Your new EP sounds amazing! Could you give us a glimpse of the creative process behind it and the themes you explored in your music?
Thank you so much! In the liner notes, I wrote that “Fever Dreams at Ruger Place “ primarily deals “with dreams, desire, and the liminal space between wakefulness and sleeping,” and three months after its release, I still believe that those words are true.
When I wrote these songs in the summer of 2022, I was going through a period in which I was dreaming more intensely than usual. Some nights, they were vivid to the point that they almost felt real. Other nights, I would be unable to recall what happened yet would still wake up in a sweat. As a result, I found myself thinking not only about the dreams themselves but the act of travel to and from dreams. Why was it physically so exhausting for me to exit these dreams? Why were some so vivid? Why would my mind so closely guard some of them from my conscious self?
These questions unfolded in the music in a number of ways. First, water was a recurring sonic motif. I began to think of these dreams as waves washing over me: some more intense than others. I made several recordings of the Atlantic Ocean when I visited the East Coast that summer and you’ll hear them throughout the EP. The billowing chords at the beginning of It All Comes Back To You In The End are actually one of those recordings being modulated by Ableton’s Wavetable via Vocoder.
I also expressed these ideas through song form. Many of the tracks are through-composed with little in the way of repeating sections. Instead, I would sample part or all of the previous section to build the following section. In the same way that dreams twist and reconfigure our understanding or reality, I wanted the songs to do the same.
Also, I agree with you – it does sound amazing! But that’s entirely thanks to the mix and master done by my fellow Point Blank Instructor Cecil Decker. It’s the one aspect of the EP that I feel comfortable being utterly shameless about because I didn’t touch it!
We’d love to know more about your newsletter, “Keep Living With Music.” What motivated you to start this platform, and what kind of content can subscribers expect to find there?
I was probably 13 when I decided that I was going to become a professional musician – the one problem was that I had no idea what that really looked like. As a result, I developed this intense curiosity to know what life looked like for the professional musicians that I admired beyond the success of their music. How did they get into the field? How are they actually making their money? Did they struggle with doubt? Was their early career difficult? How did they find clients?
“Keep Living With Music” is the newsletter that I wish that I had access to as an aspiring music maker. It’s my career playing out in (somewhat) real time. I’ve written about how I made my first music video, why I stopped focusing on the algorithm and started prioritizing having multiple income streams, and what to do when you feel like you’re too old to release your music (spoiler: you aren’t). It isn’t filled with clickbait-y articles, tutorials, or how-to’s. Instead, it’s going to be filled with me reflecting honestly and candidly on my career as a video game composer, music producer, and teaching artist.
Can you tell us more about your experience working on the upcoming collaboration between Peeka and Mattel, “Barbie: You Can Be A Fashion Designer?” What was your role in the project, and what makes it unique or exciting?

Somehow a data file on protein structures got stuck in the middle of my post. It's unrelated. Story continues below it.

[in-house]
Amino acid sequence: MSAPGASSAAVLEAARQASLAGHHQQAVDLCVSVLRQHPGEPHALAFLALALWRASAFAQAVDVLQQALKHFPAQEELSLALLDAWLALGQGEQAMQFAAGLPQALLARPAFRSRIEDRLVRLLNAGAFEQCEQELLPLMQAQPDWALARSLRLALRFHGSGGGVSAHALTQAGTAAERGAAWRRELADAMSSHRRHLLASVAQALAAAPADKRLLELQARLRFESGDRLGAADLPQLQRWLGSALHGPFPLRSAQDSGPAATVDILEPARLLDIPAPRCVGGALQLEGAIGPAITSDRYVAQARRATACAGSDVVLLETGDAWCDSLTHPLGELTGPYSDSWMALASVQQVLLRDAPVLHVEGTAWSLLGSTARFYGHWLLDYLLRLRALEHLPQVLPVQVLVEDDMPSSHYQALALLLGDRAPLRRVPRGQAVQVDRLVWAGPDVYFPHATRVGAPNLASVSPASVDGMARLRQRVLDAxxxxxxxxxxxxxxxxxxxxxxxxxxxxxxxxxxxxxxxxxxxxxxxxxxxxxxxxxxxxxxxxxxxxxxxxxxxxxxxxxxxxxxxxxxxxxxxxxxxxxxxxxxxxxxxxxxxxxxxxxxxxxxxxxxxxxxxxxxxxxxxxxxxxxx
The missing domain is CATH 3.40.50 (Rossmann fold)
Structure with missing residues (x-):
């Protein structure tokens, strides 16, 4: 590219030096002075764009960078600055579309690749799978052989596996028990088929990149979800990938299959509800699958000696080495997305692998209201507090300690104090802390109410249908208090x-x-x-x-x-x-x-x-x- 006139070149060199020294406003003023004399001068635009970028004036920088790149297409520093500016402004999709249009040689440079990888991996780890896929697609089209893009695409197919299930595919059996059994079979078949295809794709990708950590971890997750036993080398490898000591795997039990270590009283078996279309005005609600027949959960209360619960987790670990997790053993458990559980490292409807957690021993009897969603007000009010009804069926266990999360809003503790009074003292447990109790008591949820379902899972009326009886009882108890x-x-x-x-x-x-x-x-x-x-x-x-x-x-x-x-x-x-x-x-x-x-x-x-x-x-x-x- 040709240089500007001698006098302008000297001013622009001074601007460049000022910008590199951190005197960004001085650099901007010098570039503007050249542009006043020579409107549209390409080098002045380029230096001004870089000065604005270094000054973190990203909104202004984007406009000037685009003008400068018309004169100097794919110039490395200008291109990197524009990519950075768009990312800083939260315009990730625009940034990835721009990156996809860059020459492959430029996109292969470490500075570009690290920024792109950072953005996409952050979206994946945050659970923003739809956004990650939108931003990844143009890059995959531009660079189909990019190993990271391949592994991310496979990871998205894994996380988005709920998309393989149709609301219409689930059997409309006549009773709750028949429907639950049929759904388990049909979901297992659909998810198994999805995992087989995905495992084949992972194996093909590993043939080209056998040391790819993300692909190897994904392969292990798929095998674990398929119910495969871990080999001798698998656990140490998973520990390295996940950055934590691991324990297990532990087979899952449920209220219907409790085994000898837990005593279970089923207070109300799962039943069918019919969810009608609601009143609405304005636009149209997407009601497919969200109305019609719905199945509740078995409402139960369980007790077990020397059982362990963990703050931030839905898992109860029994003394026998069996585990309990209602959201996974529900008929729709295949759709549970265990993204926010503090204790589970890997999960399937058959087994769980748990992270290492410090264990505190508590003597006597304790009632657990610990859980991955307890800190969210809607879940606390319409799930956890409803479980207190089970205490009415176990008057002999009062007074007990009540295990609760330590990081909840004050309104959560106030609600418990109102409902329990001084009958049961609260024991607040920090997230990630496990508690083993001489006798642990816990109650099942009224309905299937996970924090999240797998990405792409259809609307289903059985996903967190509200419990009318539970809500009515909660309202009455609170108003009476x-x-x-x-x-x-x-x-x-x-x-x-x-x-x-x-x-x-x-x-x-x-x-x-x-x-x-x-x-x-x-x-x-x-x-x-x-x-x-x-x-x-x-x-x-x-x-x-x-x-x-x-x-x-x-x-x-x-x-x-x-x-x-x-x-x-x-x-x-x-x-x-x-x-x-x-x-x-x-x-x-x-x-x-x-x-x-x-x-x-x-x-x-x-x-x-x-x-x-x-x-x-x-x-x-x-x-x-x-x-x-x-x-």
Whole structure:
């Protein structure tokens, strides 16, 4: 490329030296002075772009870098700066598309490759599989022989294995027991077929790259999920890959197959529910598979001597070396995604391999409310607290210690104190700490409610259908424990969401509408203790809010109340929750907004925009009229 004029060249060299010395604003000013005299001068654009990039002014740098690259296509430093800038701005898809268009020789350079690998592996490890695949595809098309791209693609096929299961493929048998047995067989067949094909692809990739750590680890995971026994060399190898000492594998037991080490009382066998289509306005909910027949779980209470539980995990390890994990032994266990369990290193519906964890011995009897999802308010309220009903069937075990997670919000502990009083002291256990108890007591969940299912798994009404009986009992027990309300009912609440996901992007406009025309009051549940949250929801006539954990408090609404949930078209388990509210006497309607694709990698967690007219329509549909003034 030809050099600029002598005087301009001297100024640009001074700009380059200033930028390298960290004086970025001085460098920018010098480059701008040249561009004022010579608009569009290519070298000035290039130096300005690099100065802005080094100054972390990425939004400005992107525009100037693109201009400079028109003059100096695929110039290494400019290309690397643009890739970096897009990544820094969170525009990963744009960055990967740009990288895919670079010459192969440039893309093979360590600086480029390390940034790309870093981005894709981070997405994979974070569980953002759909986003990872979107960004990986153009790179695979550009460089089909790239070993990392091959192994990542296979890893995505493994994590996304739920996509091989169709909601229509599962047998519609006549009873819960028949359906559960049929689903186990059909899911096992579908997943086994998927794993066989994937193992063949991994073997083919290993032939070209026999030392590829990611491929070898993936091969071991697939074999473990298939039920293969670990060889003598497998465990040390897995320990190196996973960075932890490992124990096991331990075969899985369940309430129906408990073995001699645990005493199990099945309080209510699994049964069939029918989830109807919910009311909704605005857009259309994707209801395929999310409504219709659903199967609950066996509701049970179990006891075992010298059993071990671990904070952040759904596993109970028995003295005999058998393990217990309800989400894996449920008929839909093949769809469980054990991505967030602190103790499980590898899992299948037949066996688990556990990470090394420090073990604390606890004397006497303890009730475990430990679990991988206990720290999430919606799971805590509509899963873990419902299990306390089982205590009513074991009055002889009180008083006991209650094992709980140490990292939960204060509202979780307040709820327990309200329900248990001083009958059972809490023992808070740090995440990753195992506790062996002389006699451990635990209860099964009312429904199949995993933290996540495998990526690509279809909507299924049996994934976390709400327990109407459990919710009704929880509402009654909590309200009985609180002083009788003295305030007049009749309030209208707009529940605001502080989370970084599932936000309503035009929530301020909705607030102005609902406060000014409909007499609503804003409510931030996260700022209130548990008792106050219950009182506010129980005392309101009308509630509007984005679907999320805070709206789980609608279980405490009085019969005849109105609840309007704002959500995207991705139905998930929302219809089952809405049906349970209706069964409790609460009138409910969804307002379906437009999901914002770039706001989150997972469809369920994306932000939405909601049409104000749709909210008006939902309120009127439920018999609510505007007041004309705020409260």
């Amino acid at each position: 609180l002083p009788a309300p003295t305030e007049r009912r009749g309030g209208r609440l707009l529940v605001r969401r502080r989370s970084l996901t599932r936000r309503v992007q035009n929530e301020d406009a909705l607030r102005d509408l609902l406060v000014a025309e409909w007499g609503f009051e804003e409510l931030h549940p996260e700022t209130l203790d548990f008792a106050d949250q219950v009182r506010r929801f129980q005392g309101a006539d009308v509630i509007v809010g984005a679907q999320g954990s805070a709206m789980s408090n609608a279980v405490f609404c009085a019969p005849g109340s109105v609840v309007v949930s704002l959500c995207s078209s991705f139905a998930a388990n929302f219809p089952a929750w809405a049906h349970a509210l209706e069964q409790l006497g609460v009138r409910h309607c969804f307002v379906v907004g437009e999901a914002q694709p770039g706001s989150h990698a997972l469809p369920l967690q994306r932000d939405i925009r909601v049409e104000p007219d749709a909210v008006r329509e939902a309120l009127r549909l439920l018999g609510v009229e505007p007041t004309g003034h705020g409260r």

This will be Barbie’s first outing in virtual reality, and I’m really honored to have written the soundtrack for this story. It was so fun getting to write some pop songs for this game and working with Peeka to bring Barbie’s world alive with sound. I’m looking forward to seeing Barbie fans young and old enjoy it this fall!
Balancing multiple projects can be challenging. How do you manage your time effectively while working on various creative endeavors, such as video game projects, music production, and running a newsletter?
My calendar is my life – you should see how beautifully color-coded it is! It’s a part of a very elaborate system. I have a spreadsheet to help me track projects and break them down into tasks. I use those tasks to fill out my calendar based on time sensitivity. This whole setup helps me keep my head on straight and reduces choice paralysis. This is also the most organized I have ever been in my life.
I’ve recently been going through a process of narrowing my focus and that’s been helping too. I used to do sound design for games as well as music, but I’ve started phasing that out in the last six months. If it isn’t composing for clients, creating my own offerings, or teaching, I generally try to pass it on to one of my colleagues.
Could you share some tips or advice for aspiring audio creators who want to pursue a career in the gaming industry or explore their passion for music and sound design?
Yes, absolutely! I could talk about this for hours, but I’ll try to contain myself. One actionable thing that aspiring audio creators can do today is start building their networks. There is no such thing as a self-made person. You are going to need help building a successful music career. Some people have a hard time with the idea of networking but, at its core, networking is just making friends. Make friends with people who are in the industry or are working to break in like you. Get involved in your local scene or an online community. You might not have the skills to work professionally yet, but you can be a great friend to somebody exactly as you are. Plus, doing this work is hard and having people you know, love, and trust by your side is invaluable.